Research by the University of Alberta is led by Nicola Cherry, MD, PhD, who is the tripartite chair of occupational health with the Division of Preventive Medicine at the University of Alberta.
It is also supported by the Alberta government and aims to:
Examine the nature and concentration of polycyclic aromatic hydrocarbons in the air that firefighters breathe and accumulate on their skin (polycyclic aromatic hydrocarbons are a suite of organic compounds produced when organic material burns, some of which can be hazardous to human health);
Explore the practicality and effectiveness of firefighters using respiratory protective equipment; and
Investigate whether wildland firefighters have more chronic lung disease than other people of the same age, gender and geographic location.
So far, about 50 BC Wildfire Service firefighters have taken part in this study. Alberta firefighters are also participating. A progress report on the initial phase of this project should be released in March 2020.
This video shows the physical fitness test, WFX-FIT, used to evaluate wildland firefighters in Alberta, Canada.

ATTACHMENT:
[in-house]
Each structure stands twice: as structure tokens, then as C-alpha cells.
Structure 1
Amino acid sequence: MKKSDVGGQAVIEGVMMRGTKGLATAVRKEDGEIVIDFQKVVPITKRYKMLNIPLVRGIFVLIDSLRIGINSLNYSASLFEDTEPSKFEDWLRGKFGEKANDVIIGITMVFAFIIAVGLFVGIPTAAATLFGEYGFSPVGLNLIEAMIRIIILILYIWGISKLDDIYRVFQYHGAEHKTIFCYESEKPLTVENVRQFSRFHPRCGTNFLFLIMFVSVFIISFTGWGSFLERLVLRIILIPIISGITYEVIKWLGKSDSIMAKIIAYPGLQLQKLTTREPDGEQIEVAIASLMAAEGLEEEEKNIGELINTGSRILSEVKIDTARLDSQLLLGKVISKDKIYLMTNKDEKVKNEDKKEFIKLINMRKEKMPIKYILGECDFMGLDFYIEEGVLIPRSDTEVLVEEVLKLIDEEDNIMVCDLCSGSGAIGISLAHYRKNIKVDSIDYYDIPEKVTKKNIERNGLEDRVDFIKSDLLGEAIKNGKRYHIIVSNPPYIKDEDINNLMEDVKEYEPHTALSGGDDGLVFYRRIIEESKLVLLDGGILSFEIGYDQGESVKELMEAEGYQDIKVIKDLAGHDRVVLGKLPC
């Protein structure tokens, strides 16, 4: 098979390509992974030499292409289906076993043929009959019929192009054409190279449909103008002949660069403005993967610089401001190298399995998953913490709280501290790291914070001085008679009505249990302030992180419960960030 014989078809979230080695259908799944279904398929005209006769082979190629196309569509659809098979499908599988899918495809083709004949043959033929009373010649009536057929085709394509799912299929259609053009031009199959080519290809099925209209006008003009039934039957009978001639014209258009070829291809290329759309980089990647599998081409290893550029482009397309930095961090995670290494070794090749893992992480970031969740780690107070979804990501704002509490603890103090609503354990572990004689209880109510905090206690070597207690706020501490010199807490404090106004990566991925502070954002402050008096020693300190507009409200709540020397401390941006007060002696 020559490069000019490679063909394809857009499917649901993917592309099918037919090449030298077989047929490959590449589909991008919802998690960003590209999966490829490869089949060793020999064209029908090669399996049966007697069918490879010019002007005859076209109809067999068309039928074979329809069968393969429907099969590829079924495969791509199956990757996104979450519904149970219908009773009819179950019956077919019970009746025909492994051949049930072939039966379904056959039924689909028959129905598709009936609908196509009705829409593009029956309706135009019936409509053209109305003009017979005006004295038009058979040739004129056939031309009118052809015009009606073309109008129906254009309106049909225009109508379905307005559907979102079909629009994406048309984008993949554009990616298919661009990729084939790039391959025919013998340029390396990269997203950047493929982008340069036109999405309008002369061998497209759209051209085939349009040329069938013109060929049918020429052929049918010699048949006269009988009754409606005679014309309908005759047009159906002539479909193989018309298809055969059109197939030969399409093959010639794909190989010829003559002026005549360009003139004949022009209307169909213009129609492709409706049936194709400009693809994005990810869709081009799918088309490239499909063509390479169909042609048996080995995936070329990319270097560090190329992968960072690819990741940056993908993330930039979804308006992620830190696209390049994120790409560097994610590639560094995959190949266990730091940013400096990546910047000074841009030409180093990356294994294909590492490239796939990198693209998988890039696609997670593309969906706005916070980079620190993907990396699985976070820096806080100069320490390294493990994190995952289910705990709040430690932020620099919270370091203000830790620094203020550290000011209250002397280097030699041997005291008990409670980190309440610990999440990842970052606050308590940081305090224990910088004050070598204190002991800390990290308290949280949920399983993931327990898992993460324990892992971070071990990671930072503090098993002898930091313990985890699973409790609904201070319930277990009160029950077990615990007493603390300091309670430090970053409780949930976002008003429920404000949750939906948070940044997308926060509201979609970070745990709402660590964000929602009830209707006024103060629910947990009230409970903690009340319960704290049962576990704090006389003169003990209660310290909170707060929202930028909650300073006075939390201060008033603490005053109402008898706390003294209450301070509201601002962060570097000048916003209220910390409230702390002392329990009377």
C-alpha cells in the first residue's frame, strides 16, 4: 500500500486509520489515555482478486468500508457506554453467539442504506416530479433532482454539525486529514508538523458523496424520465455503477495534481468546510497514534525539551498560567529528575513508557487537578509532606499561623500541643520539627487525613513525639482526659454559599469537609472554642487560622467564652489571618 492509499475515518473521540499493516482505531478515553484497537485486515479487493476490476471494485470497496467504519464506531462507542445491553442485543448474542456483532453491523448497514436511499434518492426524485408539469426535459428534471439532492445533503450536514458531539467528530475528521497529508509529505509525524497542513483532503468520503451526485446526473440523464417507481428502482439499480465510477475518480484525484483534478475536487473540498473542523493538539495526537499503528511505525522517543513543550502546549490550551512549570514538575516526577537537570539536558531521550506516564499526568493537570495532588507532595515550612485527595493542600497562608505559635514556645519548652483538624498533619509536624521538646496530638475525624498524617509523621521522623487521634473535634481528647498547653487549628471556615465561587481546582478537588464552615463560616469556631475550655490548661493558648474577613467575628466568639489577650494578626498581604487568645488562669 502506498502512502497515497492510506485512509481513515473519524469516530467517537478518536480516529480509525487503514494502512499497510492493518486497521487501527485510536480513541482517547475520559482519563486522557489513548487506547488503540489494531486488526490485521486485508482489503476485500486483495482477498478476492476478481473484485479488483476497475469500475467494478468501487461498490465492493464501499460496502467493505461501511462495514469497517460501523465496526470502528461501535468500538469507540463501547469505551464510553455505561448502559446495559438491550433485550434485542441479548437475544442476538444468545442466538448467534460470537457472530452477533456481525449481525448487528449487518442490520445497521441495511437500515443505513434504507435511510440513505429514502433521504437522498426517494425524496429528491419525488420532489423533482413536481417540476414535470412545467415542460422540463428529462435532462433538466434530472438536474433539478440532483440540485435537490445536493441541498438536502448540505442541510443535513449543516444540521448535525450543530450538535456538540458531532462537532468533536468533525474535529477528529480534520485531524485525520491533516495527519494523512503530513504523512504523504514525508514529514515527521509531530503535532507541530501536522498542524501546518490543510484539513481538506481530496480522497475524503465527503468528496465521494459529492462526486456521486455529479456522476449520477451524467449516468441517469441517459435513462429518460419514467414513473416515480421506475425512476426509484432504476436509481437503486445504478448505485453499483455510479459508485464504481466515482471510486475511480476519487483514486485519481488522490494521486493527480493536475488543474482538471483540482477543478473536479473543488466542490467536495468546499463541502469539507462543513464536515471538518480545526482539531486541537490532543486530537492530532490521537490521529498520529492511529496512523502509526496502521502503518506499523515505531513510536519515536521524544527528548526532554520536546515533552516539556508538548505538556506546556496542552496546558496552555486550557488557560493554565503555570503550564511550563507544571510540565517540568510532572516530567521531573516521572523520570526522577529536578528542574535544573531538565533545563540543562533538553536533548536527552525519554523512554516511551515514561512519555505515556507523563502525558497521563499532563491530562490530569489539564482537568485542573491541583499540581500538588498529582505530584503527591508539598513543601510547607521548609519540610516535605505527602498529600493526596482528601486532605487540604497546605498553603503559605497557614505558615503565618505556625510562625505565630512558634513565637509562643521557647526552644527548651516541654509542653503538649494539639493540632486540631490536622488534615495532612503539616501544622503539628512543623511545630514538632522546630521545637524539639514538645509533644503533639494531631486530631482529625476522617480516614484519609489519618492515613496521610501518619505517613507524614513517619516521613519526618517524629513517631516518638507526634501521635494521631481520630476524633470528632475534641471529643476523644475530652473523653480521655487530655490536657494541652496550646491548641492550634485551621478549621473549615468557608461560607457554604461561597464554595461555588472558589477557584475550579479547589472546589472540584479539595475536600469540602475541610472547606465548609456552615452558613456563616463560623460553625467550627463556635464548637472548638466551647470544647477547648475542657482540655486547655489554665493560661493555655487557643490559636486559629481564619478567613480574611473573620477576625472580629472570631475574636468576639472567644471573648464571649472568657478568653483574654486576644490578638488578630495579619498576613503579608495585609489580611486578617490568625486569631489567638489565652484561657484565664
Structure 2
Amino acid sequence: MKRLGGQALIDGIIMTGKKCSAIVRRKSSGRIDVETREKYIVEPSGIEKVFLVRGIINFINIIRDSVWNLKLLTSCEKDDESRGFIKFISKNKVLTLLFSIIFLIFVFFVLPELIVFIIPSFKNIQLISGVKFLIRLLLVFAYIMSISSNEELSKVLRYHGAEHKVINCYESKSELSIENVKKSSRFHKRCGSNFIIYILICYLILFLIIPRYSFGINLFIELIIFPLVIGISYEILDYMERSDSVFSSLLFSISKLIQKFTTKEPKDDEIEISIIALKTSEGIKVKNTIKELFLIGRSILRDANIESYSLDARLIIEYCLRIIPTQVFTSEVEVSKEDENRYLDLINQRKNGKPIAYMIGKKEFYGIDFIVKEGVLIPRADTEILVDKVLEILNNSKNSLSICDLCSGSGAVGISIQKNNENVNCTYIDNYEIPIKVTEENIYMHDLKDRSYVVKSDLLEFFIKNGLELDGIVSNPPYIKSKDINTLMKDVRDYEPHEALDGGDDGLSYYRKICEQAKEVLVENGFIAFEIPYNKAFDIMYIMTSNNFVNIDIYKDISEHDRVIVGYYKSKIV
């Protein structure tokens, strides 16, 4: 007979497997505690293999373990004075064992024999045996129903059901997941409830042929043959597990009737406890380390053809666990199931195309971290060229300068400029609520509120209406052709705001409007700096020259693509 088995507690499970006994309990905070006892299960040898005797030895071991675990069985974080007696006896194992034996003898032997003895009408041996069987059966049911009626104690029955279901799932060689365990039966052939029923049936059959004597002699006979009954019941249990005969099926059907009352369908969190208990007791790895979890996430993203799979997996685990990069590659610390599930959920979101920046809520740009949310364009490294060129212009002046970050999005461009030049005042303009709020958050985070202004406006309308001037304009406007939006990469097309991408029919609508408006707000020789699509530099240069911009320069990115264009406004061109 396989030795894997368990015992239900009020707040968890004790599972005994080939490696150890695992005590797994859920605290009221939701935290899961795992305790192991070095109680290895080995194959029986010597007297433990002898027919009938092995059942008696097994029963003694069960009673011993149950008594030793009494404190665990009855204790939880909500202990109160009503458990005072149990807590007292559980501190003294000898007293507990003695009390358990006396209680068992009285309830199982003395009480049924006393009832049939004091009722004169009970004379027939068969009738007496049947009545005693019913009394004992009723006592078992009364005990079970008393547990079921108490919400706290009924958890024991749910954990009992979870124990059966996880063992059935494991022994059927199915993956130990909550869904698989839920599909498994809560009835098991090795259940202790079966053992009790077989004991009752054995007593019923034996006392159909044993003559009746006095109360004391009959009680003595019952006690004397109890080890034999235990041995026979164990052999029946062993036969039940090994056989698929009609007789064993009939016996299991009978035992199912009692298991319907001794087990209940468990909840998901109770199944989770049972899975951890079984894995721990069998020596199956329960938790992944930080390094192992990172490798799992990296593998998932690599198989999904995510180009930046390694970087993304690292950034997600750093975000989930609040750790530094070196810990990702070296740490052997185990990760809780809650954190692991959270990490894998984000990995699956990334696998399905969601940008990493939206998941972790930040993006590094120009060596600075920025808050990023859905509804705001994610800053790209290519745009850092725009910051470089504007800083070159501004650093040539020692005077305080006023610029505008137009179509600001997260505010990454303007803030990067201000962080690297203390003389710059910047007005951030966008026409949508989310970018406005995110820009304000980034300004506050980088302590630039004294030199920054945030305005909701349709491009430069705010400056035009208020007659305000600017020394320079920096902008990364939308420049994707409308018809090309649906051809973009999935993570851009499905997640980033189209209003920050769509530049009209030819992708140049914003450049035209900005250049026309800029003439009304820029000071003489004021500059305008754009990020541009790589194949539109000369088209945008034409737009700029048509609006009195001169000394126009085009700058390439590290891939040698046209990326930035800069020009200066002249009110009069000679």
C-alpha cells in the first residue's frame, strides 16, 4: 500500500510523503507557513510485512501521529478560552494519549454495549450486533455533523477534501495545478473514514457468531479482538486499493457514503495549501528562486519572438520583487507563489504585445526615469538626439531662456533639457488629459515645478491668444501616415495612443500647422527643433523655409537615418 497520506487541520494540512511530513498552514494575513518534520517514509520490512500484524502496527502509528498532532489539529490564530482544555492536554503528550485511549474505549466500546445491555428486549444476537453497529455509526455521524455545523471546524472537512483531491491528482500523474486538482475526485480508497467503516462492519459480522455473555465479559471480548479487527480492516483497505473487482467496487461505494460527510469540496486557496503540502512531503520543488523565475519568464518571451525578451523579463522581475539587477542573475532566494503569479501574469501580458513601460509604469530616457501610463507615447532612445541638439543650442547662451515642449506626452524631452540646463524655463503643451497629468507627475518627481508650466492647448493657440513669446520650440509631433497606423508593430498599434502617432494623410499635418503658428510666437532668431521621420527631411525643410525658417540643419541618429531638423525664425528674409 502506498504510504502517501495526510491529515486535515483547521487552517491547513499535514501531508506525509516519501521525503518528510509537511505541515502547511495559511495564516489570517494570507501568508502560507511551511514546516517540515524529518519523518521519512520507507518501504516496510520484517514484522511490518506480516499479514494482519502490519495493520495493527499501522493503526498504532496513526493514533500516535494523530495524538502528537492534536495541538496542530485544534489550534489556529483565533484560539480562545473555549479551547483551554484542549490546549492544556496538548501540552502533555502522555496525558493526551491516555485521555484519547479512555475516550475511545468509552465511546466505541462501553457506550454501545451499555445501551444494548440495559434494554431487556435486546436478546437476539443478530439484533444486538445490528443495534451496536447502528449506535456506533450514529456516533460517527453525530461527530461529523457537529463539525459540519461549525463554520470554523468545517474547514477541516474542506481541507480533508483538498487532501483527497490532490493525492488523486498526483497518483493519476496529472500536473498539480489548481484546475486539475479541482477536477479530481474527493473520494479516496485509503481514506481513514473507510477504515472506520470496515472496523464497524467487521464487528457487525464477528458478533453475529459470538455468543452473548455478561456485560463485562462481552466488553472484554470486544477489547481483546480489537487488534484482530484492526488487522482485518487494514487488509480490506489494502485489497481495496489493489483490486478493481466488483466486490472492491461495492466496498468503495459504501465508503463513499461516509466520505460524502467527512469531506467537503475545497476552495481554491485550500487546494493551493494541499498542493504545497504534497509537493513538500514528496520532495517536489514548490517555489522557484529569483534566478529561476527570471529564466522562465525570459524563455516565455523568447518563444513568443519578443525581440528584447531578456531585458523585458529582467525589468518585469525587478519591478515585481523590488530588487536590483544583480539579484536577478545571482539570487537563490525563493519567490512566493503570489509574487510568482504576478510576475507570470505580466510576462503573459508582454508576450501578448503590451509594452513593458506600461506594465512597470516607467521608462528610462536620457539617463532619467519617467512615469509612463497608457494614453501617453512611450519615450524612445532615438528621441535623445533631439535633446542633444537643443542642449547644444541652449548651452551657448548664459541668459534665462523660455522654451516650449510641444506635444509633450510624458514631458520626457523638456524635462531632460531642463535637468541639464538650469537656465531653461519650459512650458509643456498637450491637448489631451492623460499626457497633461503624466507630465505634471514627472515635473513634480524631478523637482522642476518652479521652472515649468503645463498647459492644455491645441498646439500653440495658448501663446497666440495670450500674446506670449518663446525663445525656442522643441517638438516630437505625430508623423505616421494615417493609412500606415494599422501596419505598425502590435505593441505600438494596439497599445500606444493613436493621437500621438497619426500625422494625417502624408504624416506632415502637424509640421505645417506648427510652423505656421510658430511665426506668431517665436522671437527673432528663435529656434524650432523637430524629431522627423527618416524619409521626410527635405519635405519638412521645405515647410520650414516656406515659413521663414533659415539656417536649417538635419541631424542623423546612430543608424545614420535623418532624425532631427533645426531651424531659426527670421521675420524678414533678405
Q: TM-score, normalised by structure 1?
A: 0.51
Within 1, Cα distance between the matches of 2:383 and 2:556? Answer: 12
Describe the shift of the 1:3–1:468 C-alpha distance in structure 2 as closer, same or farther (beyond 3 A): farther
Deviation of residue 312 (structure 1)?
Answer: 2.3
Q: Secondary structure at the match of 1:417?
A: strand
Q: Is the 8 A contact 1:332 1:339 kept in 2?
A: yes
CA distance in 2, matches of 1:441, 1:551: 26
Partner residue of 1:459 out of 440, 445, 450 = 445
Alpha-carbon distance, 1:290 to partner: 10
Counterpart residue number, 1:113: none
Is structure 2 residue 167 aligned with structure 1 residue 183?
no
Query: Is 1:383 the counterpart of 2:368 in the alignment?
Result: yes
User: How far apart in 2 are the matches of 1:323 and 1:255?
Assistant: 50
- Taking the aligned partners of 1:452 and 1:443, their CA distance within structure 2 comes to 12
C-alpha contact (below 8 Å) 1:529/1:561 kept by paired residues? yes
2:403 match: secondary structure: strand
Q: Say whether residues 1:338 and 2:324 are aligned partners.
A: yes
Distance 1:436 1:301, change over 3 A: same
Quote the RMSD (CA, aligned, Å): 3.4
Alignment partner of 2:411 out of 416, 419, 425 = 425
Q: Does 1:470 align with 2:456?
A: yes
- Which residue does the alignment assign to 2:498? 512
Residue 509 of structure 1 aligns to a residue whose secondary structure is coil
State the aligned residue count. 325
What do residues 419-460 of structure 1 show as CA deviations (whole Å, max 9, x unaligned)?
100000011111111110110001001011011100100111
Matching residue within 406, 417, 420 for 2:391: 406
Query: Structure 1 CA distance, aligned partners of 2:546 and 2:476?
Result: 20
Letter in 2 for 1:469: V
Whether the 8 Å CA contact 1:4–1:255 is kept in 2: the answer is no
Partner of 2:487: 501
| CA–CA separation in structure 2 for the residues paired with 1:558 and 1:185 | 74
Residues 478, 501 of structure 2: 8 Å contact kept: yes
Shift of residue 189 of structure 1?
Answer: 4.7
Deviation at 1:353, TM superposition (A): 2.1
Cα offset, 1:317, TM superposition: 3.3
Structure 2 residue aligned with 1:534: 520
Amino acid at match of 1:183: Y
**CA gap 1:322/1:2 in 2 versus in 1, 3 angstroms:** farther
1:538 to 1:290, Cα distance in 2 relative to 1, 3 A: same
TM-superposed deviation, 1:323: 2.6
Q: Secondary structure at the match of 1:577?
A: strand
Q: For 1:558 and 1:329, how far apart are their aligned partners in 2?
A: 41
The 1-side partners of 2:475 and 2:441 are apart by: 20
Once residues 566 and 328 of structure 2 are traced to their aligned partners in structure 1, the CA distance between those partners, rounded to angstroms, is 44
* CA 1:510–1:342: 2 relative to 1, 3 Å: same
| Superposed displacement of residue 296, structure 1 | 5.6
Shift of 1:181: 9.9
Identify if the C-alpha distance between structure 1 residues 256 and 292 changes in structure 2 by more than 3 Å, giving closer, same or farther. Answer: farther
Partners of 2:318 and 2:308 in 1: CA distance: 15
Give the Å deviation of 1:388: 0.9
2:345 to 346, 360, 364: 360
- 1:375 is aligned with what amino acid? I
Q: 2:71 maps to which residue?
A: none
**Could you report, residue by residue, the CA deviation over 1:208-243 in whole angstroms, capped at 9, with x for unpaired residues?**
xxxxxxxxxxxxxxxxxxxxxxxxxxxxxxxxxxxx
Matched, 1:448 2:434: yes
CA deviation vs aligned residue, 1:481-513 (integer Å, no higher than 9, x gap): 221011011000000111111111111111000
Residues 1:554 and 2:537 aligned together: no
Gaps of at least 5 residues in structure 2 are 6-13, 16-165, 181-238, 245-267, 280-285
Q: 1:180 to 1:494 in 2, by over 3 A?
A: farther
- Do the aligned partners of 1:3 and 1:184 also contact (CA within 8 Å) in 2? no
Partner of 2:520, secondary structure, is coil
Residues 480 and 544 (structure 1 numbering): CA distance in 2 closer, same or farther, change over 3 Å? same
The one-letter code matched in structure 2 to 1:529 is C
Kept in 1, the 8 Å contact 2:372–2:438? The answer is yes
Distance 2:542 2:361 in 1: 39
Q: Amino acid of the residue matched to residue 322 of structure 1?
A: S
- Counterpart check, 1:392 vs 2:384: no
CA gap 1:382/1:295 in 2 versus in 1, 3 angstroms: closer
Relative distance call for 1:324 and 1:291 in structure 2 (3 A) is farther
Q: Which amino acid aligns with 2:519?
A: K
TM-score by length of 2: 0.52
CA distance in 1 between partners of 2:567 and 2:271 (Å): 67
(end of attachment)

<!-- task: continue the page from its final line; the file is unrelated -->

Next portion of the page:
This physical fitness test looks a hellofa lot more suited to test wildland firefighters than the Pack Test used by Fed agencies in the U.S. (And don’t get me started on the Step Test that was used a couple of decades ago) https://t.co/cn1q3Z8bcD
The Pack Test version of the Work Capacity Test and the Step Test used by the Federal agencies in the United States basically measure how fast you can walk and how low you can keep your pulse rate, respectively. The Step Test was replaced by the Work Capacity Test.
The WFX-FIT used in some areas of Canada, which first saw widespread use in 2012, is described as “a valid job-related physical performance standard used to determine whether an individual possesses the physical capabilities necessary to meet the rigorous demands encountered while fighting wildland fires.” Here is a link to more information about the test.